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licence to preach in Plymouth, but after the quashing of the indulgence in 1673, he was lodged with other nonconformist preachers in the Marshalsea at Plymouth. Obtaining his release, he removed to London. In 1679 he became minister to the English church at Middleburg, Holland; but he returned to London on 22 July 1681. Here he gathered a presbyterian congregation in a small meeting-house in Middlesex Court, Bartholomew Close, Smithfield. This meeting-house was one of the buildings which at that time (and till recently) strangely encroached upon the structure of the church of St. Bartholomew the Great. In one corner was a statue described as ‘a popish priest with a child in his arms,’ and a window of the meeting-house opened into the church, facing its pulpit, so that a person sitting in the meeting-house gallery could watch the conduct of divine service in the church. Quick, who was one of those who took advantage of James II's declaration for liberty of conscience in 1687, was apparently never disturbed in his London charge. He was noted as ‘a serious, good preacher,’ and had a special gift in prayer. All his life he was a hard student, giving his nights to study. He did much to promote the succession of a learned ministry among nonconformists. His interest in the French protestant church was probably due in part to the fact that Plymouth was, from 1681, the seat of an important colony of Huguenot refugees. For the relief of such refugees he made great exertions; his own ‘house and purse were almost ever open to them.’ Quick died on 29 April 1706, in his seventieth year. Funeral sermons were preached by his successor, Thomas Freke (d. 1716), and by Daniel Williams. His wife Elizabeth died in 1708. His only daughter married John Evans (1680?–1730) [q. v.]; she is said to have been wealthy, perhaps through her mother, for Quick himself had no great command of money. His portrait, engraved by John Sturt, is prefixed to the ‘Synodicon.’

He published funeral sermons for Philip Harris (1682), John Faldo [q. v.] (1690), and Mrs. Rothwell (1697); this last is valuable for a number of biographical notices, including one of his brother, Philip Quick. Also, 1. ‘Hell opened, or the Infernal Sin of Murder punished,’ &c., 1676, 8vo (an account of a wholesale poisoning case at Plymouth). 2. ‘The Young Man's Claim to … the Lord's Supper,’ &c., 1691, 4to. 3. ‘Synodicon in Gallia Reformata; or the Acts … and Canons of … National Councils of the Reformed Churches in France,’ &c., 1692, fol. 2 vols. (contains a history of French protestantism to 1685). 4. ‘A Serious Inquiry … whether a man may lawfully marry his deceased Wife's Sister,’ &c., 1703, 4to (against such marriages). An advertisement in this last states that ‘about three years since’ Quick had issued proposals for printing his ‘Icones Sacræ;’ William Russell, first duke of Bedford, had offered to make good the expense. In the week following his patron's death (7 Sept. 1700) Quick was disabled, and could not collect subscriptions. The manuscript of the ‘Icones’ is now in Dr. Williams's Library, Gordon Square, London; it fills three folio volumes, containing the lives of fifty French and twenty English divines. Calamy acknowledges his debt to it for the lives of seven of the ejected nonconformists, including Nathanael Ball [q. v.], George Hughes [q. v.], and William Jenkyn [q. v.]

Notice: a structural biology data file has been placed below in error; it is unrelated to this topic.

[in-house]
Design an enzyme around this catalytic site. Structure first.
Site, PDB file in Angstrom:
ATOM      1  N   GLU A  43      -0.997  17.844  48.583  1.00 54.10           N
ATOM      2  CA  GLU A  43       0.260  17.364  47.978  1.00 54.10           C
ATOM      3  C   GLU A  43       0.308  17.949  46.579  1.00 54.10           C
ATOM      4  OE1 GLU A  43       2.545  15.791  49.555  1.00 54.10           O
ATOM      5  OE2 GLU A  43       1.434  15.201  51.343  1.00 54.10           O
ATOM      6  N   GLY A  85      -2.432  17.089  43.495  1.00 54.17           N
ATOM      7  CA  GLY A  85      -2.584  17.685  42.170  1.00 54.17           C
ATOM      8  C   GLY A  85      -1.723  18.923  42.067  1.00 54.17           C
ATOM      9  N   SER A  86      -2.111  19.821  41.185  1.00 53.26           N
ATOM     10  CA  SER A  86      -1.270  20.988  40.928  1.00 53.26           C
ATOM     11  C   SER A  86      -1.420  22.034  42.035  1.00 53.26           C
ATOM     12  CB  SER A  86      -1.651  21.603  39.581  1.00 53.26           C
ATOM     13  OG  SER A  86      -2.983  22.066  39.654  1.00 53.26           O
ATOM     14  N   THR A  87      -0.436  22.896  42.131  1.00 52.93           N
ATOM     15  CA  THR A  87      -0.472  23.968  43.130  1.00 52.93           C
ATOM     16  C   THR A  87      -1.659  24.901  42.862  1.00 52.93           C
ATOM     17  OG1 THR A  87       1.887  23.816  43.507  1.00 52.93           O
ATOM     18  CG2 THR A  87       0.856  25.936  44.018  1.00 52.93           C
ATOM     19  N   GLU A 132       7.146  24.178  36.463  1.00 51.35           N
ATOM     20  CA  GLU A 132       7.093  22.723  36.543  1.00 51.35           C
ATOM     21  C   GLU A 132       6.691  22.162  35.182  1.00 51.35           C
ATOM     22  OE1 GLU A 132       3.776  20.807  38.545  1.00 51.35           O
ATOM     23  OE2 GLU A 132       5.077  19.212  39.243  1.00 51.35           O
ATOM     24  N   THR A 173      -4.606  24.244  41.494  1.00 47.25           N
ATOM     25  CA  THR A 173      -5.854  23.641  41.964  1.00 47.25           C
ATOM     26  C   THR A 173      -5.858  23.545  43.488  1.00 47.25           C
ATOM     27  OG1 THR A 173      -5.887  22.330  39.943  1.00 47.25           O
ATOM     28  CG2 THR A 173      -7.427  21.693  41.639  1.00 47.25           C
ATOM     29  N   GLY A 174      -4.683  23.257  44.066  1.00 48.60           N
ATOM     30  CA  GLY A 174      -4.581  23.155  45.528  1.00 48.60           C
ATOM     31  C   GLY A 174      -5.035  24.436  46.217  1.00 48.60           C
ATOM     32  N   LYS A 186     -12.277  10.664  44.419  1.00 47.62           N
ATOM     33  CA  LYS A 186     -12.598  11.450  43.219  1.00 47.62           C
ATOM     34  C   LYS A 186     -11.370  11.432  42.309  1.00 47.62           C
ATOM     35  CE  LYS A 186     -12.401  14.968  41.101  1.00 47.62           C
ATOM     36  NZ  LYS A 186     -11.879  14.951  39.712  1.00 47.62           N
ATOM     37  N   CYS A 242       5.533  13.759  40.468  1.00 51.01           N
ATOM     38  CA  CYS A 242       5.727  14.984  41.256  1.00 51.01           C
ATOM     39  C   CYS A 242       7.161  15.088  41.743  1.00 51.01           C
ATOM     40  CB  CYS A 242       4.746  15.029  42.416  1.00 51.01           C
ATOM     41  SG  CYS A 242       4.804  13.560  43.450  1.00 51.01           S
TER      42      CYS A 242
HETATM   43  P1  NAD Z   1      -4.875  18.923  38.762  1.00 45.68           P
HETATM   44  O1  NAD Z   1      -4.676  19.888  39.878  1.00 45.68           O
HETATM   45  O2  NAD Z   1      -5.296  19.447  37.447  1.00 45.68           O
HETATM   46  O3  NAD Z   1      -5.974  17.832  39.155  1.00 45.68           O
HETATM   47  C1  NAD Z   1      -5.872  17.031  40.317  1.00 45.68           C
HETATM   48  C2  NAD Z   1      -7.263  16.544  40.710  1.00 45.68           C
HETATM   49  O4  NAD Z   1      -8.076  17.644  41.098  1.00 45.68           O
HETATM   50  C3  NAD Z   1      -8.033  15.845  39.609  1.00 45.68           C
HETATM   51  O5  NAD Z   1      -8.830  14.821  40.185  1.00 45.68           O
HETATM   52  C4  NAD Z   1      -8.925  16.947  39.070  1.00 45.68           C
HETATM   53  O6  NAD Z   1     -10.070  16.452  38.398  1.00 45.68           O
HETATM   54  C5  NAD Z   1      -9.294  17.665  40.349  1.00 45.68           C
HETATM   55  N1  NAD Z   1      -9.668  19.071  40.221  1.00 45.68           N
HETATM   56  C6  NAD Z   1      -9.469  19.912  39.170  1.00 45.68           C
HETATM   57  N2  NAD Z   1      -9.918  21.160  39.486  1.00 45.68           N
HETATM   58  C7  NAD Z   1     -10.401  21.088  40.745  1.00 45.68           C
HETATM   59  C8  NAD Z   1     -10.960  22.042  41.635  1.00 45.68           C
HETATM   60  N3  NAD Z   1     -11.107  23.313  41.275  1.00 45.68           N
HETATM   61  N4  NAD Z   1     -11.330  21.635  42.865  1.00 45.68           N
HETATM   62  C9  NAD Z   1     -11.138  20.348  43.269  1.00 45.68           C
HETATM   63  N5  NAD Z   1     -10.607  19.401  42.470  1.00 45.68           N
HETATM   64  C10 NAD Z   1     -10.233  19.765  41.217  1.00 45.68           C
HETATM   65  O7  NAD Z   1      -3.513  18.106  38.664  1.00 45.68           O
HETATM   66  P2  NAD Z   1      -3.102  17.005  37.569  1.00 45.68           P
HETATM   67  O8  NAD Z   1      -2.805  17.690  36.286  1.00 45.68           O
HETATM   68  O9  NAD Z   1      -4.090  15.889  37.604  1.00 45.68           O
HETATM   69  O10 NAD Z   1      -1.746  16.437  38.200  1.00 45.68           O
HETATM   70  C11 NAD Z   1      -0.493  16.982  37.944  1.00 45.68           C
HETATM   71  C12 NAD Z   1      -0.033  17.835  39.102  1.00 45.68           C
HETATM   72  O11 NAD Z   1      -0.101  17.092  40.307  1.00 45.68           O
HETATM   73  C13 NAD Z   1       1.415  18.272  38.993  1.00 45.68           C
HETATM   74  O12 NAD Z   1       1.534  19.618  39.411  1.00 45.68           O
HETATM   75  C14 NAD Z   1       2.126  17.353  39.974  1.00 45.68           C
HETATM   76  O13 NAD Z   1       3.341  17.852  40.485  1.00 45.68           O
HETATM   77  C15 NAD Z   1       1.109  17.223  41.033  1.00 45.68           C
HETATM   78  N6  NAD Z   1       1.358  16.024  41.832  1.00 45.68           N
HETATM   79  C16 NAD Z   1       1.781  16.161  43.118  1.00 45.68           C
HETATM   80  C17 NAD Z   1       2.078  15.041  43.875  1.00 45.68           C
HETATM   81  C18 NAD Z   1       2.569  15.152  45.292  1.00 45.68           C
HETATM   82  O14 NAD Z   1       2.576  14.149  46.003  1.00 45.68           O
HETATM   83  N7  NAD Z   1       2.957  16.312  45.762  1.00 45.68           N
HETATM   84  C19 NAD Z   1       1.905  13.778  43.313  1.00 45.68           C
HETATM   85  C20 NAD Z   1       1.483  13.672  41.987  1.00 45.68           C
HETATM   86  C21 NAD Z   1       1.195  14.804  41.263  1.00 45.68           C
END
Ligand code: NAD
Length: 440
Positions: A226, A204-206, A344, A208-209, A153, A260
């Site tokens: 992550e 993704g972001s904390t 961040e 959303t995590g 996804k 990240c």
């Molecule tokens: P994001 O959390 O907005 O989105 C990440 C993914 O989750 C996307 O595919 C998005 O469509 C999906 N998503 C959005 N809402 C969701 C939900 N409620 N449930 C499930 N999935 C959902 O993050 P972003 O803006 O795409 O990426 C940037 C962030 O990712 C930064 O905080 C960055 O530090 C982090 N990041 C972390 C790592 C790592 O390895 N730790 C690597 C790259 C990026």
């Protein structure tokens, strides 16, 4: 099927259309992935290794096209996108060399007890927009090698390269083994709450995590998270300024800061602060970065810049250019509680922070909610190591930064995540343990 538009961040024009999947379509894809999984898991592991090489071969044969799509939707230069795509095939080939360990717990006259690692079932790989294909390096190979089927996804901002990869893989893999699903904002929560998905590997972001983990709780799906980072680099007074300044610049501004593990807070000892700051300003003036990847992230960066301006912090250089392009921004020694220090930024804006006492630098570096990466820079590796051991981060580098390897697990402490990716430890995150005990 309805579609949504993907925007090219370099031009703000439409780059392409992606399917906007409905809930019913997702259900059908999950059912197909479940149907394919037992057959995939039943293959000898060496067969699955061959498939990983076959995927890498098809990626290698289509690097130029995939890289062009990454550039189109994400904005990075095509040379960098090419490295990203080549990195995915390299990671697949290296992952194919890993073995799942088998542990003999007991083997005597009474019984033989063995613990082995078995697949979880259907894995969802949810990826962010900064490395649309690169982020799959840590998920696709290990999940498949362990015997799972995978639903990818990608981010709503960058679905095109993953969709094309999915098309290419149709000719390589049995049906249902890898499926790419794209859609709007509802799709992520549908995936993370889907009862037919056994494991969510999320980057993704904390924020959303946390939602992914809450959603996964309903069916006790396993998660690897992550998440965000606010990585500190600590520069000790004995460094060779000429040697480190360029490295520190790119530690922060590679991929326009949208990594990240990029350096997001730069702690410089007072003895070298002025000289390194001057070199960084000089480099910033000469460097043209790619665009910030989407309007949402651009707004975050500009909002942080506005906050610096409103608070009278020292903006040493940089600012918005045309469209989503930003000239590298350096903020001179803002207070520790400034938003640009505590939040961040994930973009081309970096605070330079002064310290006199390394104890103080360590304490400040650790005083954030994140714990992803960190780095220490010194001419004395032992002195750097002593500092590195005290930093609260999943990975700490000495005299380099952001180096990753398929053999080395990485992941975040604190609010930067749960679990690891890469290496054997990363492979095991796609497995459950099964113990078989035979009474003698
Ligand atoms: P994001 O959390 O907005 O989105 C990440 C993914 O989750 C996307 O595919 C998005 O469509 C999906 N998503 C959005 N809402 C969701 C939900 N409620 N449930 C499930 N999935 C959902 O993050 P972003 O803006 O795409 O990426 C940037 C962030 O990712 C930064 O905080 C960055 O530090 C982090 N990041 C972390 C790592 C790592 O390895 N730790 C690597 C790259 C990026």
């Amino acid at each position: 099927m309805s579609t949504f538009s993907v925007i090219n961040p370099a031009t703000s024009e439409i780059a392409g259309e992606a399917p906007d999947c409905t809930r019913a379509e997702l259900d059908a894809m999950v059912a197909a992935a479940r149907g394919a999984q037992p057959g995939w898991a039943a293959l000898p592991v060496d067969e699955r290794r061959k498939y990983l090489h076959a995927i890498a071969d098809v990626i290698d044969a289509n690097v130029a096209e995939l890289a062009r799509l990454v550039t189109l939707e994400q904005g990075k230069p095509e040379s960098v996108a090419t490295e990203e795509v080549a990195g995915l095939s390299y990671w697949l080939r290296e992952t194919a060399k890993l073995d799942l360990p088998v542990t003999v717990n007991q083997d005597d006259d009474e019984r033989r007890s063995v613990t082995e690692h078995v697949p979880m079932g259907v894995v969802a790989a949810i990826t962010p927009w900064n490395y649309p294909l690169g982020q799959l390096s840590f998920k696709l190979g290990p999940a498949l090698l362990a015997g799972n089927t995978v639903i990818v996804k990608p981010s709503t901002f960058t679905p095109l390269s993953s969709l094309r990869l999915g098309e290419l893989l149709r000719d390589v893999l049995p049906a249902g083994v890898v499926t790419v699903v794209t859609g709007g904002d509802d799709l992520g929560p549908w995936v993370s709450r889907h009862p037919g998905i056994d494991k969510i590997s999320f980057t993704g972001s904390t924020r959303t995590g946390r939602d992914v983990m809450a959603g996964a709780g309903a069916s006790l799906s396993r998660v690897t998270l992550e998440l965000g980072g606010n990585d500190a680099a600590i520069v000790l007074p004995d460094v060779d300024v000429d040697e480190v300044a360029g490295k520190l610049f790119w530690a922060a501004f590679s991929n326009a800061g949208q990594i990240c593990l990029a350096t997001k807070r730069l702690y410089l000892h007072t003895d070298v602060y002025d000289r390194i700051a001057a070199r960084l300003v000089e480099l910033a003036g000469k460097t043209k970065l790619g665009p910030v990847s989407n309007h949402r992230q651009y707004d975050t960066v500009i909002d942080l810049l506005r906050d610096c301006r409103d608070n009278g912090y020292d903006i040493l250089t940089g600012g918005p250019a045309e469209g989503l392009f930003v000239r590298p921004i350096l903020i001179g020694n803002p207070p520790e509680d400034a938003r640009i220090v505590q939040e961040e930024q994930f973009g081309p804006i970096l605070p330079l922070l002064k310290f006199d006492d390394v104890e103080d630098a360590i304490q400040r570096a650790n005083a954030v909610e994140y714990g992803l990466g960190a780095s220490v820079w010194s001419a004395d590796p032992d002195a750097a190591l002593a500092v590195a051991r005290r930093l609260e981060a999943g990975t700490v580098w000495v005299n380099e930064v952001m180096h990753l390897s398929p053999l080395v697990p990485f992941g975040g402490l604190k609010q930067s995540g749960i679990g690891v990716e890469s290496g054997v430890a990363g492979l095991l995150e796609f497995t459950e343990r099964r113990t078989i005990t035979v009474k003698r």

[Funeral Sermons by Williams and Freke, 1706; Wood's Athenæ Oxon. (Bliss), iv. 493; Wood's Fasti (Bliss), ii. 198; Calamy's Account, 1713, pp. xxv, 247 seq.; Calamy's Continuation, 1727, i. 331 seq.; Walker's Sufferings of the Clergy, 1714, ii. 318; Protestant Dissenters' Mag. 1799, p. 301; Wilson's Dissenting Churches of London, 1810, iii. 369 seq.; Worth's Hist. of Nonconformity in Plymouth, 1876, pp. 19, 24.]

A. G.

QUICK, JOHN (1748–1831), actor, the son of a brewer, was born in 1748 in Whitechapel, London. In his fourteenth year he left his home and joined a theatrical company at Fulham, where he played Altamont in the ‘Fair Penitent,’ receiving from his approving manager three shillings as a full single share in the profits. During some years, in Kent and Surrey, he played Romeo, George Barnewell, Hamlet, Jaffier, Tancred, and other tragic characters, and in 1767 was at the Haymarket under the management of Foote, one of the pupils in Foote's ‘Orators,’ his associates including Edward Shuter [q. v.], John Bannister [q. v.], and John Palmer (1742?–1798) [q. v.] His performance, for Shuter's benefit, of Mordecai in ‘Love à la Mode’ recommended him to Covent Garden, where, on 7 Nov. 1767, he was the original Postboy in Colman's ‘Oxonian in Town;’ on 14 Dec. the First Ferret in the ‘Royal Merchant,’ an operatic version of the ‘Beggar's Bush;’ and on 29 Jan. 1768 the original Postboy in Goldsmith's ‘Good-natured Man.’ At Covent Garden, with occasional visits to Liverpool, Portsmouth, and other towns, and to Bristol, where he was for a time manager of the King Street Theatre, Quick remained during most of his artistic career.

Quick's performances were at first confined as a rule to clowns, rustics, comic servants,